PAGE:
In December, 2002, we visited friends in Madison because we’re the idiots who think winter is the ideal time to travel to Wisconsin. One afternoon, we went to their local grocery to pick up a few supplies. Our friend selected a small kiwi.
“Now, I’m just curious,” J said. “Why would you pay twice as much for that one? This one is much bigger.” The friend mumbled some hogwash about a commitment to buying organic. J and I rolled our eyes at one another. First everyone was low fat, then they were low carb, and now the organic thing. Whatever.
We weren’t even sure what organic meant. Over the next two years, we began to learn and to shift our eating habits because it just seemed healthier to ingest only food with our food. By the time Zachary was born in 2004, we were trying to buy organic when possible, and we were very careful with what he ate.
After he was born, there was a fundamental shift in my world view. And by that I actually mean my view of the world. The planet. Whereas once the earth was a cool place to hang out for 90 or so years, it suddenly became the place he was going to have to live. And the place that would need to feed him, protect him, and provide a nifty little element commonly referred to as oxygen. The place where my grandkids would be born.
It was a planet choking from the fumes my car spat out, crowded with the trash I tossed, bedizened with bling I didn’t need, and seizing from the chemicals I put on my lawn or used to clean my clothes. Suddenly, it seemed like a crappy piece of land to inherit.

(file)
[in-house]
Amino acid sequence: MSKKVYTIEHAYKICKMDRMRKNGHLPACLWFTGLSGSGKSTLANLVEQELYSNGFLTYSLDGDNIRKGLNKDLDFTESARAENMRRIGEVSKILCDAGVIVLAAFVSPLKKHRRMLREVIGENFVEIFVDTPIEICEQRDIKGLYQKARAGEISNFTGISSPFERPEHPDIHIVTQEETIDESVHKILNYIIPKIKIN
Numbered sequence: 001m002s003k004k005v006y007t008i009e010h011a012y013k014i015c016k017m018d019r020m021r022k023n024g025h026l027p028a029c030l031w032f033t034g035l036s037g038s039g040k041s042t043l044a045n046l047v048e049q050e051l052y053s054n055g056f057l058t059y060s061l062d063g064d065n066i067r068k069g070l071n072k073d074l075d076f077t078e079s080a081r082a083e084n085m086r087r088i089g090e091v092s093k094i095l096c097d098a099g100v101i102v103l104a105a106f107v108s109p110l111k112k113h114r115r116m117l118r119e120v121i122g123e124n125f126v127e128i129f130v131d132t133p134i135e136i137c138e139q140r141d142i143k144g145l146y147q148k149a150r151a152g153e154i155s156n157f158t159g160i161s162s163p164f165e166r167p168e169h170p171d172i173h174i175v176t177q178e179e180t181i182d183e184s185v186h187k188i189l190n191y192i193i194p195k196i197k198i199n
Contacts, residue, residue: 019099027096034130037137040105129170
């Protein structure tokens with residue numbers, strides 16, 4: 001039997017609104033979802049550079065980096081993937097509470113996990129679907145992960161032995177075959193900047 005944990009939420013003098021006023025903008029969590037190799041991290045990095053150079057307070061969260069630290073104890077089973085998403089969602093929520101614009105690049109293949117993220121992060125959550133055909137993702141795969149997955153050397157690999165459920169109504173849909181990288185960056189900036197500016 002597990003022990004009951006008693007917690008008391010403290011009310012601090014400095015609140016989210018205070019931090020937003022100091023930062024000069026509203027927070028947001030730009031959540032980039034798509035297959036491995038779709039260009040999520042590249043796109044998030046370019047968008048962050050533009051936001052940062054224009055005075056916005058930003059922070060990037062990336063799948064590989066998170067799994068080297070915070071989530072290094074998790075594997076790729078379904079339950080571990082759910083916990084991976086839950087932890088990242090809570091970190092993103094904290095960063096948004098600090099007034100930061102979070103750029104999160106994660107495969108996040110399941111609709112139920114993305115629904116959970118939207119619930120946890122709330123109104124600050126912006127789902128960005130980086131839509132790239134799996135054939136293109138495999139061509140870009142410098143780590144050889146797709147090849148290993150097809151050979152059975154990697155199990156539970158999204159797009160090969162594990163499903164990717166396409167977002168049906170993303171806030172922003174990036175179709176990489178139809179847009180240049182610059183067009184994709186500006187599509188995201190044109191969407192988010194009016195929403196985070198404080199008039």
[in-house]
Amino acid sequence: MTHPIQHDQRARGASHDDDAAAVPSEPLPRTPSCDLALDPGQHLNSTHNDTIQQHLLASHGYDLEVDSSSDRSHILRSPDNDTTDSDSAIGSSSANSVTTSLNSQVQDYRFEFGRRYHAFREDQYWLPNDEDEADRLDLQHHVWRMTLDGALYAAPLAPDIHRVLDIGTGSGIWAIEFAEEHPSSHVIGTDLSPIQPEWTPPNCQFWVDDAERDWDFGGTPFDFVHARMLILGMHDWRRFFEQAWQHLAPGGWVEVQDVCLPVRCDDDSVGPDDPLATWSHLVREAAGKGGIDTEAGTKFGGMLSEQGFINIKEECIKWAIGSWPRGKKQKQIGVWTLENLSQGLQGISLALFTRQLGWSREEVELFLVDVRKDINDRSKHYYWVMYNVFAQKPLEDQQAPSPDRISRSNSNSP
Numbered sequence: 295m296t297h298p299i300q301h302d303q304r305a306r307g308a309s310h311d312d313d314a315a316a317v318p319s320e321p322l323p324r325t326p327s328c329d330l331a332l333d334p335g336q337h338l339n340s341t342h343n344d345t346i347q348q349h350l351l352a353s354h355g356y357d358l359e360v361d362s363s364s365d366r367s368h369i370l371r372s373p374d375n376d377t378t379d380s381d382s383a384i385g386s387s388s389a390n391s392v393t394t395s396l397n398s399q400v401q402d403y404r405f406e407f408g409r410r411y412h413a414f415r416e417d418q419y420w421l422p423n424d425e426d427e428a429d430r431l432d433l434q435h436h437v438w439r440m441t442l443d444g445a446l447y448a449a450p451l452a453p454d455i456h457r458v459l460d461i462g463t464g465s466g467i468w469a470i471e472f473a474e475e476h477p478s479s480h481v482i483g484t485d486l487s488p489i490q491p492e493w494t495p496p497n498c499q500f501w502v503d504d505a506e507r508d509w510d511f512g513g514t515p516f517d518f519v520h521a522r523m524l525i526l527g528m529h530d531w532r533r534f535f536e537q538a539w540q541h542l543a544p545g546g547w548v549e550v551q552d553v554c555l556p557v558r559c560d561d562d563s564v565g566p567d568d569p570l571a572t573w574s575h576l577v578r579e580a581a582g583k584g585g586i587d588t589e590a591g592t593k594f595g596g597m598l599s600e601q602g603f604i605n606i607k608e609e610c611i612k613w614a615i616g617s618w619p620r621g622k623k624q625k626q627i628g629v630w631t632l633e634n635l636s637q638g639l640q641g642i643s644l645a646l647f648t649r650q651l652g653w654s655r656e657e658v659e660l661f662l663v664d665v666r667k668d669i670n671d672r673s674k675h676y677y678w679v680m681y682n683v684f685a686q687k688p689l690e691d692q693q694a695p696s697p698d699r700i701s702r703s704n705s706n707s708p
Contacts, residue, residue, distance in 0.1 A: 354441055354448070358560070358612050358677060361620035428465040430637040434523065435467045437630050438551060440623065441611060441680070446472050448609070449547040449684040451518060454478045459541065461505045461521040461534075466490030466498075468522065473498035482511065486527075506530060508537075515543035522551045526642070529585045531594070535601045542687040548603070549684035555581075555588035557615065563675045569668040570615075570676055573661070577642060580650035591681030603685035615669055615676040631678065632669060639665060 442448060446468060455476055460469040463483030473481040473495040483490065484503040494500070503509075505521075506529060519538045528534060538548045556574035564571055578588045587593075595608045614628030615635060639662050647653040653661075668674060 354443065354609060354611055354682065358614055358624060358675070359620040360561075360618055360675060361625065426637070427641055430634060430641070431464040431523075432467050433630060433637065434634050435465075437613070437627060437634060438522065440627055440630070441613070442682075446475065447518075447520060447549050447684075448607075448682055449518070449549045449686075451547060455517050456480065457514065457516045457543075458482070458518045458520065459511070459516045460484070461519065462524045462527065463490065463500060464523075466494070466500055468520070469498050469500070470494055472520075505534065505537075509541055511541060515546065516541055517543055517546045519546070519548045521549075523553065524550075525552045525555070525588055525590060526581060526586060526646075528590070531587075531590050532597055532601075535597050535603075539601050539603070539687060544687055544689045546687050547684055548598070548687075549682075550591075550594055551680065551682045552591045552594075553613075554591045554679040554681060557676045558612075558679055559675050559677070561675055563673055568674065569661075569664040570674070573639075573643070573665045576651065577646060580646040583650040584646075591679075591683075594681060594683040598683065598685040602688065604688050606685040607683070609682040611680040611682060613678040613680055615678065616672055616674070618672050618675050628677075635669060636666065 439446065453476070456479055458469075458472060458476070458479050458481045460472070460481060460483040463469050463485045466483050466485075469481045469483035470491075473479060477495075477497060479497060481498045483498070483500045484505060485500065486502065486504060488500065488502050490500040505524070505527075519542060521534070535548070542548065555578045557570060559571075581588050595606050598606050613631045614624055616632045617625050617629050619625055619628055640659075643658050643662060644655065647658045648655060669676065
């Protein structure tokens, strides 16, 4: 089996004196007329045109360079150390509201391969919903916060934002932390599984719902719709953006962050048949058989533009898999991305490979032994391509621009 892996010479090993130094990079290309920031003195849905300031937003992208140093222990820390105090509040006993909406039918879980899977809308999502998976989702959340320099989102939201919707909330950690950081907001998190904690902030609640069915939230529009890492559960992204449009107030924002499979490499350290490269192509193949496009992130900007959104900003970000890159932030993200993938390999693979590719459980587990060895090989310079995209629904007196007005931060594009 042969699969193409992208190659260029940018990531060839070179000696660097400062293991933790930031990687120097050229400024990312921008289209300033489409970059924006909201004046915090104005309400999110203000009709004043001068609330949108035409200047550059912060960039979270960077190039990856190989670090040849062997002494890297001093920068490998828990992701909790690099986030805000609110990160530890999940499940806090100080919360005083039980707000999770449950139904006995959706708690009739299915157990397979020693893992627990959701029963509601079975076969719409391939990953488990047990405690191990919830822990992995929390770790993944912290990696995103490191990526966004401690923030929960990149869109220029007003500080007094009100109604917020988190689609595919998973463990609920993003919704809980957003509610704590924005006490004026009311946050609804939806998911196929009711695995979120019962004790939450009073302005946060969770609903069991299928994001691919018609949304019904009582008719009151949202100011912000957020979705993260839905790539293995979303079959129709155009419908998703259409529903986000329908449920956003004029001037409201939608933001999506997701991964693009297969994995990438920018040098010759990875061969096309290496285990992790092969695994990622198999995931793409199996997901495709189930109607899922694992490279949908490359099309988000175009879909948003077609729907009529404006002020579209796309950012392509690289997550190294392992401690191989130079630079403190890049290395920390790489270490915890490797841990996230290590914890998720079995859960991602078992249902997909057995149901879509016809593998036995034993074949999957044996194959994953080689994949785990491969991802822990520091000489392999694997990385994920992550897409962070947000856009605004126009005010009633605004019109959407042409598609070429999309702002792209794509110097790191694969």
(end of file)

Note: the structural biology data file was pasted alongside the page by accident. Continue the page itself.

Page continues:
In these tough economic times, everyone is thinking twice before buying, but I have long been thinking thrice. Not just do I want it and can we afford it, but can the planet support it? My answer is most often “no.”
J thinks I am a fanatic, but he more or less goes along with my environmentalism because he knows I believe so strongly in the importance of protecting our children’s life support system. He does not necessarily disagree with me that if the human race doesn’t make some drastic changes, life could be pretty bleak for our kids. And by bleak I mean civilization eroding while the strongest among us slaughter the weak in order to hoard the few remaining drops of clean water. Read Octavia Butler’s Parable of the Sower if you want to get the shit scared out of you.
J is a forest thinker. Whereas I see concepts in terms of myriad trees, he thinks in larger terms. And he just doesn’t think one family changing its ways is going to make a difference. He wants laws changed in order to make everyone comply. He doesn’t mind being inconvenienced for the greater good… as long as everyone else is, too.
That is why Earth Justice is one of our two charities. We don’t give to lots of different organizations because we’d spend forever researching. With the exception of sponsoring friends in various walk/run/bike/dogsled-athons, we give to only two charities. We also ask for and give donations in lieu of gifts. Most people pick Save the Children of the two, but I honestly wonder what good it does to medicate and feed the kiddos if the planet is going to be uninhabitable by the time they hit menopause.
So, I’m happy to send Earth Justice another donation in honor of the Just Posts retiring. I am long past the days when I would even consider buying any kind of kiwi in Madison in December, but Earth Justice is working to make everyone protect our world. These are people who litigate on behalf of my planet, the place that is going to need to feed my grandchildren, and I’ll take any excuse to support them. Because they are damned right: if anyone needs a good lawyer, it is the earth.
(And Happy Birthday, Jacob.)